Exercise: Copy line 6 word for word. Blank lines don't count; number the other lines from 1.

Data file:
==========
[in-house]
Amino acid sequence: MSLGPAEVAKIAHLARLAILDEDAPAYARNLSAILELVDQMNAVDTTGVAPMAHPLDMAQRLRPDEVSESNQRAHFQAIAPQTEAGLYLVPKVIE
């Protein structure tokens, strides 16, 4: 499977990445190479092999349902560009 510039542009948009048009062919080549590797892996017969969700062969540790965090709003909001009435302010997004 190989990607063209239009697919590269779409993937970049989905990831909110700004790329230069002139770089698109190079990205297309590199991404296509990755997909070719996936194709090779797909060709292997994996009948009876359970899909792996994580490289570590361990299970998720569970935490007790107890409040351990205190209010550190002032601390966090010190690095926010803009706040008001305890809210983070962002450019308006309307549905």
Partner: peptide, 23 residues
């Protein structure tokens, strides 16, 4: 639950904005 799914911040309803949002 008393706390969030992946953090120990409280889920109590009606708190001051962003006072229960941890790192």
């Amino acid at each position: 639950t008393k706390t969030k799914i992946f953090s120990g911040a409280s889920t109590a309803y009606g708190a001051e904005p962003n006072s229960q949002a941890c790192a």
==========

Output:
């Amino acid at each position: 639950t008393k706390t969030k799914i992946f953090s120990g911040a409280s889920t109590a309803y009606g708190a001051e904005p962003n006072s229960q949002a941890c790192a």